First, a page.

Would Rather: Chicago selects Gardner Minshew in Round 4, Pick 126 (Riley Ridley)
Cole Holcomb, LB, Washington Redskins
Y'all know who leads the NFL rookies in tackles this year? That'd be Devin Bush of the Steelers -- he was a Top-10 draft pick, and the Steelers traded up to go get him. Cool.
Cole Holcomb is second. He was the 22nd linebacker drafted.
Holcomb was a late riser in the 2019 class, who was lauded for his athletic ability and high-energy play as a potential special-teams maven at the NFL level, with the requisite body type to backup multiple spots on the defense -- and that was likely the plan in Washington, after he was selected at 173 in the final pick of the fifth round. Instead, after Reuben Foster fell to IR, Holcomb grabbed a starting job and never let go, rising quickly above Shaun Dion-Hamilton to win the starting WILL job.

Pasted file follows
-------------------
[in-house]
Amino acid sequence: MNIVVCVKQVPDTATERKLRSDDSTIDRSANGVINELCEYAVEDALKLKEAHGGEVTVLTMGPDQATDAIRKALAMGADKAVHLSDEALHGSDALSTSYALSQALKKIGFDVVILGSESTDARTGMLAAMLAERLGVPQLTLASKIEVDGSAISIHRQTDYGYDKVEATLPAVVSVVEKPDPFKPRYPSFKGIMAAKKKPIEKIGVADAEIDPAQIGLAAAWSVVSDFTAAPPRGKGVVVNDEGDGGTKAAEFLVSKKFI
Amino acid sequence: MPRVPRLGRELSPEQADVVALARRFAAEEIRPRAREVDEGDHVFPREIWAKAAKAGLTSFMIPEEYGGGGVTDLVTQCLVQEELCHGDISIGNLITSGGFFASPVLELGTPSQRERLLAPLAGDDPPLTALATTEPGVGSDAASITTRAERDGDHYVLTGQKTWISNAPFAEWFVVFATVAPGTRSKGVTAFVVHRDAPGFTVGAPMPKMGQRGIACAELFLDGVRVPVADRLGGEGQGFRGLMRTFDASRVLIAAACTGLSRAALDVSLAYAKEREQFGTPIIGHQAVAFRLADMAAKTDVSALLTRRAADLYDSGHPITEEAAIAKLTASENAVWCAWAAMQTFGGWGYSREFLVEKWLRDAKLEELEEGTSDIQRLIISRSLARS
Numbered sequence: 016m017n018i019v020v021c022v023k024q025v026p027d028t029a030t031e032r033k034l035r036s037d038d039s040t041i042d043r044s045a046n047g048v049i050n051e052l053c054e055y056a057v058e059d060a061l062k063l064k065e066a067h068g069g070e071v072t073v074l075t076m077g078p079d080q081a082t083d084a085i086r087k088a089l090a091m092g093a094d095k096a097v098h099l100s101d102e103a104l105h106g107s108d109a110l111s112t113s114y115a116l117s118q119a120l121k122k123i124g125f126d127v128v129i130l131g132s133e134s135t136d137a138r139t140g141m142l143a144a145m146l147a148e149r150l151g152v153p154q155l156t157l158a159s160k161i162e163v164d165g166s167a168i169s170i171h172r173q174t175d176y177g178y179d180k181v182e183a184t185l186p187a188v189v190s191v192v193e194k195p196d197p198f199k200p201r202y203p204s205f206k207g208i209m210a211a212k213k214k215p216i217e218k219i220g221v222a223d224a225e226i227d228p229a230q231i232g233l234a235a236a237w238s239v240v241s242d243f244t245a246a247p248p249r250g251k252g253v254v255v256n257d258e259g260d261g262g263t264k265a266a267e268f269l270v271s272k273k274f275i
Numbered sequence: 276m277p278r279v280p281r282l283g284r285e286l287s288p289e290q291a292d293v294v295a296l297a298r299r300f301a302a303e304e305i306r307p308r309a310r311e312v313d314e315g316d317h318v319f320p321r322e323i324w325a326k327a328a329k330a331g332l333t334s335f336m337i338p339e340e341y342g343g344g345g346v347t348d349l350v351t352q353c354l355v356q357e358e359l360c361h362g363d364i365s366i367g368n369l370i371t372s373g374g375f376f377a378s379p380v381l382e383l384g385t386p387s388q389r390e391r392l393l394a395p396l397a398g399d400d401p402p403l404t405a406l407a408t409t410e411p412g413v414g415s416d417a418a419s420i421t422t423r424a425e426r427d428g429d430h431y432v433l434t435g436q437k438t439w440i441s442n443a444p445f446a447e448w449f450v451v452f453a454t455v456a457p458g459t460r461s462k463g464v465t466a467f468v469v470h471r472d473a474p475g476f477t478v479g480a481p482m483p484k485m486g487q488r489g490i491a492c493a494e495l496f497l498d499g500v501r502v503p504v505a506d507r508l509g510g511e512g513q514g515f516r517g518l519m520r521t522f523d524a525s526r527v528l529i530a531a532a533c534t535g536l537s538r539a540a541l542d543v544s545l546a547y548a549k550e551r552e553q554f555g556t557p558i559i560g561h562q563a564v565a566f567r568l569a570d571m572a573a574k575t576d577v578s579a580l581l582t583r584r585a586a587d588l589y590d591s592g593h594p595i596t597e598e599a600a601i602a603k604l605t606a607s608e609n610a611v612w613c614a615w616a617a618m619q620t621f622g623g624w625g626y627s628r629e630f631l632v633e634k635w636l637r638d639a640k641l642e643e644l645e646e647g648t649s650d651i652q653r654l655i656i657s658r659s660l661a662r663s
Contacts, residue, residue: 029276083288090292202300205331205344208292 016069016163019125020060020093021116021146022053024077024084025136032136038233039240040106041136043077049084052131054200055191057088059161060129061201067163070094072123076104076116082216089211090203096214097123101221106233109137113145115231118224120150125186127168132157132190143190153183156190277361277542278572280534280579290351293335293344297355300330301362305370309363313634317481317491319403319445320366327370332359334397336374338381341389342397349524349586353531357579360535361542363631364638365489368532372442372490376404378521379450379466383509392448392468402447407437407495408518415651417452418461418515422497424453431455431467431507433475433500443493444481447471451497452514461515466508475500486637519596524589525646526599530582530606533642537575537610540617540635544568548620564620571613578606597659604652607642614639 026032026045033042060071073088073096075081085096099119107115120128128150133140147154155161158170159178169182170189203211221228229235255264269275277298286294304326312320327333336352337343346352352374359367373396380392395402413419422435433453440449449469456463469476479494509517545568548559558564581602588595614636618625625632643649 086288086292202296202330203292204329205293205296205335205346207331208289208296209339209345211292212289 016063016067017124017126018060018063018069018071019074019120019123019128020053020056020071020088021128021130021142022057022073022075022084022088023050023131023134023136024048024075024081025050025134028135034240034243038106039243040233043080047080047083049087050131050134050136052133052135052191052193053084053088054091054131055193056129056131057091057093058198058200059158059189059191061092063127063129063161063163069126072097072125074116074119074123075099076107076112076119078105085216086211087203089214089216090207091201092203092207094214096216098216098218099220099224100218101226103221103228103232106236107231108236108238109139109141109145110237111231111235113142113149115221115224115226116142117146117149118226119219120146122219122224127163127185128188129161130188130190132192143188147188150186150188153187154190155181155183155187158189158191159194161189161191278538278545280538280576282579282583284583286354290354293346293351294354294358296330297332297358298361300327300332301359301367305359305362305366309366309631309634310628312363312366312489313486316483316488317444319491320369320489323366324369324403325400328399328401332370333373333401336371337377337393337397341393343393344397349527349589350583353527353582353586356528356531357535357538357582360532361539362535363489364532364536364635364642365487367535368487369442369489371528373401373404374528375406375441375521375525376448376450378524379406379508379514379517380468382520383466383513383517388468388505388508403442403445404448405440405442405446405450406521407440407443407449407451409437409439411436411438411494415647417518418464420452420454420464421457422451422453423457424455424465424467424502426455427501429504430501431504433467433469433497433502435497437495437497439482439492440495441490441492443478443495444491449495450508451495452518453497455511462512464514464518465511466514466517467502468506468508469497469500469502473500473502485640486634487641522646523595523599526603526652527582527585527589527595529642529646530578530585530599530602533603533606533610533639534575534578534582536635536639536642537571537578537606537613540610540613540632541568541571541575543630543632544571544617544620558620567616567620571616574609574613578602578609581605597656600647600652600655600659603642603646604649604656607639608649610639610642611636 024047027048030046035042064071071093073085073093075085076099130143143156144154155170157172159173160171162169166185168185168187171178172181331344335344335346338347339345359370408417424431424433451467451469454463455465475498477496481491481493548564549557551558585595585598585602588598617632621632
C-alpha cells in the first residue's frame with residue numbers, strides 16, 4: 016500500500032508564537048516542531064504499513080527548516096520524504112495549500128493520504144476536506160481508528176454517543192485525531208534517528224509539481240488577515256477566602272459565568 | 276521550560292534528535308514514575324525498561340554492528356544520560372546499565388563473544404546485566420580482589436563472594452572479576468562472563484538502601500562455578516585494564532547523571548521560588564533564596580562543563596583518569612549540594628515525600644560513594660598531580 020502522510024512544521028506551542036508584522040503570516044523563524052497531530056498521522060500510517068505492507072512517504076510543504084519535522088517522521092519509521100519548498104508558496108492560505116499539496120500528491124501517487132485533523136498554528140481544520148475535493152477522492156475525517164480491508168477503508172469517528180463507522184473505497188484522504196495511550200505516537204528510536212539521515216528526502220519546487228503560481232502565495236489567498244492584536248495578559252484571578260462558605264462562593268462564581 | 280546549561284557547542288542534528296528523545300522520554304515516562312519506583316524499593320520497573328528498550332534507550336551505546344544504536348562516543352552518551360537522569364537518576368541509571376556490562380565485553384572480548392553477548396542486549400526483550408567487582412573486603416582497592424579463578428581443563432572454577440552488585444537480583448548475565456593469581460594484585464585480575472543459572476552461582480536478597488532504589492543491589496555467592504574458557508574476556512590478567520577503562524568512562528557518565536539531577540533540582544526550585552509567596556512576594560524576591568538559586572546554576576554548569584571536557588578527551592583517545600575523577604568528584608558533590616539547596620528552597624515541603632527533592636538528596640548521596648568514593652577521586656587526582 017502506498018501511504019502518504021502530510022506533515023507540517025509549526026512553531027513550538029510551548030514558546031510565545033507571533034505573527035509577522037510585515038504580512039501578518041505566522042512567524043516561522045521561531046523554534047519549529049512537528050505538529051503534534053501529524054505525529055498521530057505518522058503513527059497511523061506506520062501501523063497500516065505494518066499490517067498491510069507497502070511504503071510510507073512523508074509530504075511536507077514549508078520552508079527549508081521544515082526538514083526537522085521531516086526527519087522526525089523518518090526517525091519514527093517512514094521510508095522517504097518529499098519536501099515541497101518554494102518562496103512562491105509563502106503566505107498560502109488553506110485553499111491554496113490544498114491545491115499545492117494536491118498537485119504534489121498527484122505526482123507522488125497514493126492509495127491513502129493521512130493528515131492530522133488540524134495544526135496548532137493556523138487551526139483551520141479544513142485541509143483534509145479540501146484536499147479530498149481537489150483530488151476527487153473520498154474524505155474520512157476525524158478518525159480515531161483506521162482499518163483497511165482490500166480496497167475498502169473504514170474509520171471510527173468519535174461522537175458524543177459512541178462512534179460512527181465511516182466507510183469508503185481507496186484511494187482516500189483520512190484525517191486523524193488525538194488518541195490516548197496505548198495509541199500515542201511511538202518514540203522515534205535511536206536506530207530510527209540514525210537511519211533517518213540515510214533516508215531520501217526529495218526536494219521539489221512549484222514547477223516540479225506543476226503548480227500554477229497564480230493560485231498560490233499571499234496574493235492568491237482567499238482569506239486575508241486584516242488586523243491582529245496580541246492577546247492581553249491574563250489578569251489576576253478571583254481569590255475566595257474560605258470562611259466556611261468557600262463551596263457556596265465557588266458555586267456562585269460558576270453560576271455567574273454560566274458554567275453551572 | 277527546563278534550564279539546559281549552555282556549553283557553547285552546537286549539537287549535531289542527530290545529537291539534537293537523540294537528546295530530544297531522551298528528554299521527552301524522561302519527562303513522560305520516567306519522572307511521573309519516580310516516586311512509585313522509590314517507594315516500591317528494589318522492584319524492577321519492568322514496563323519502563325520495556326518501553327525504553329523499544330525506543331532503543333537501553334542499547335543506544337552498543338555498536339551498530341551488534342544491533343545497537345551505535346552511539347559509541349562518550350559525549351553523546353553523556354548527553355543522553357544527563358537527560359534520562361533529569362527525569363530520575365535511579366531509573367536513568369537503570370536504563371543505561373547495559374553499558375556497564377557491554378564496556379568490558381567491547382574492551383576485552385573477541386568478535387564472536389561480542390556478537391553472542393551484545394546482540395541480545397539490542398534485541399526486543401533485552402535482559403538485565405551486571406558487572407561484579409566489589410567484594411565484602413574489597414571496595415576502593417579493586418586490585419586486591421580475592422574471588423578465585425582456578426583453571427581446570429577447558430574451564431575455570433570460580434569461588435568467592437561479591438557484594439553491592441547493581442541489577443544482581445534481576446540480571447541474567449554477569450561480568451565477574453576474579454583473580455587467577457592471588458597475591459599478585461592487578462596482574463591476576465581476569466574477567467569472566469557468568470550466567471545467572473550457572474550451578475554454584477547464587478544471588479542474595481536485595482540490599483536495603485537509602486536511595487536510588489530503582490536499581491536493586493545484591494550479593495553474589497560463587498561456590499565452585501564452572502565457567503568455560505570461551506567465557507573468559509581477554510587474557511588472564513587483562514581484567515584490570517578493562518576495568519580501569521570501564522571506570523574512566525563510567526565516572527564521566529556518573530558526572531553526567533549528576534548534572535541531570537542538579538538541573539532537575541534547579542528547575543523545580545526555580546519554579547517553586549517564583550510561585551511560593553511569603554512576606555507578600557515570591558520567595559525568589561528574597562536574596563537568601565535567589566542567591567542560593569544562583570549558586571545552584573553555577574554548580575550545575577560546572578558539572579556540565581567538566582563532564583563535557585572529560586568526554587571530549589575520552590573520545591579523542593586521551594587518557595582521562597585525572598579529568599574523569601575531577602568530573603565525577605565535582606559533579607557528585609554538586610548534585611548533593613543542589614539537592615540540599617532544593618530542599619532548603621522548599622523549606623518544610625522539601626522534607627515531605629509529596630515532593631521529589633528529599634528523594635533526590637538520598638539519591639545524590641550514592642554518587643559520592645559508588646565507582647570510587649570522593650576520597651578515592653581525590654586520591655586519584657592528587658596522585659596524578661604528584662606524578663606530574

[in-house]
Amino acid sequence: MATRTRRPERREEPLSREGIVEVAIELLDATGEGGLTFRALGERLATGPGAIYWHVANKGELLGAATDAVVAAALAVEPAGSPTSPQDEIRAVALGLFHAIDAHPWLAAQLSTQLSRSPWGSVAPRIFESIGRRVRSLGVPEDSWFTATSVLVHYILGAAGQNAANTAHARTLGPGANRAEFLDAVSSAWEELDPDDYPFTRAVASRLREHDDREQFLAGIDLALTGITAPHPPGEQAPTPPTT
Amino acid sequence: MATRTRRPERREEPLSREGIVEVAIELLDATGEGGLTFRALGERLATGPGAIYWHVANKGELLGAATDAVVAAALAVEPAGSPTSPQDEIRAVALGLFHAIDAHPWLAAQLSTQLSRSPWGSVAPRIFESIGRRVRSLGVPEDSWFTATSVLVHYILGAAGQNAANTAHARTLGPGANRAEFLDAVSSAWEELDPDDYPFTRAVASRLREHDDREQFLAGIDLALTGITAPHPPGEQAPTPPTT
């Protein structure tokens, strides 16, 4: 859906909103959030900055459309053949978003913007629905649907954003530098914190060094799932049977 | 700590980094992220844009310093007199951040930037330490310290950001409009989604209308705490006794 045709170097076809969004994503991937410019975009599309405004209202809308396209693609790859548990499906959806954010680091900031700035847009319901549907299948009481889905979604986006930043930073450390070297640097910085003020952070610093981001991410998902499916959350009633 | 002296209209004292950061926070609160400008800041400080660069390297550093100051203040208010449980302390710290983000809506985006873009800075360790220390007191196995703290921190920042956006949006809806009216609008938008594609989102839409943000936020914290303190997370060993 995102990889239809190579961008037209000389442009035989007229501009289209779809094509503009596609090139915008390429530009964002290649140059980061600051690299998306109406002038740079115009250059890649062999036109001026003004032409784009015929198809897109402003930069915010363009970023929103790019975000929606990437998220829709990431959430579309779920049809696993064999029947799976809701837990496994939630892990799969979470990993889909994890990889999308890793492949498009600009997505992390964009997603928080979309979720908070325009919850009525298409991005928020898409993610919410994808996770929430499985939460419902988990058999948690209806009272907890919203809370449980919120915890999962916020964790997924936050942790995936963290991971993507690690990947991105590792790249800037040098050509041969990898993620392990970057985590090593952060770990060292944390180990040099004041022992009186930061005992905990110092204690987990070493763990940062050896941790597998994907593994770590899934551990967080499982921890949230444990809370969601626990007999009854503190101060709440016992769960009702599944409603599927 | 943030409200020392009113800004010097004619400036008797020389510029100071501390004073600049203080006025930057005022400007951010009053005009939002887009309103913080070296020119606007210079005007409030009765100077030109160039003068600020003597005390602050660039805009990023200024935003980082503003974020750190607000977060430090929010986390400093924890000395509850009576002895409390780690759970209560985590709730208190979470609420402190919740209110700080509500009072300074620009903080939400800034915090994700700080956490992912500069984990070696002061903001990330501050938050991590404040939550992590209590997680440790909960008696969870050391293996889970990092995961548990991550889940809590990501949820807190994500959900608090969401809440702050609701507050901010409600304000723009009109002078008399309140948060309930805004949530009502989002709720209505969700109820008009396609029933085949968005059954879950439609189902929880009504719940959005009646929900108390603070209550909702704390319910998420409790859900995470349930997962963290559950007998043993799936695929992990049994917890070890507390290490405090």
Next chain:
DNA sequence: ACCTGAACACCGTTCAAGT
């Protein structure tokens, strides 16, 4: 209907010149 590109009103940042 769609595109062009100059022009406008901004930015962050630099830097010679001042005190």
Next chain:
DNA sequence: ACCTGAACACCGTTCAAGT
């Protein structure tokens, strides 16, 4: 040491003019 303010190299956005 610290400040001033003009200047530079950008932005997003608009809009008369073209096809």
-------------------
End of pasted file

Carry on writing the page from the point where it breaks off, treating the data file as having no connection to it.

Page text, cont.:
Holcomb wouldn't start on necessarily every team in the league, but he would likely start in Jacksonville, who wasn't getting quality play from third-rounder Quincy Williams when he was healthy, and likely could do for an improvement over Najee Goode as well.
Would Rather: Jacksonville selects Cole Holcomb in Round 3, Pick 98 (Quincy Williams)
Chauncey Gardner-Johnson, S, New Orleans Saints
I will unabashedly proclaim that I was a big Chauncey fan during last year's Draft cycle -- I thought he was a first-round talent. Apparent issues during Combine interviews and even team visits led to an attitude-related fall for Gardner-Johnson, though the Saints were quick to snap him up with their second pick in the draft, though it wasn't until Pick 105 in the fourth round.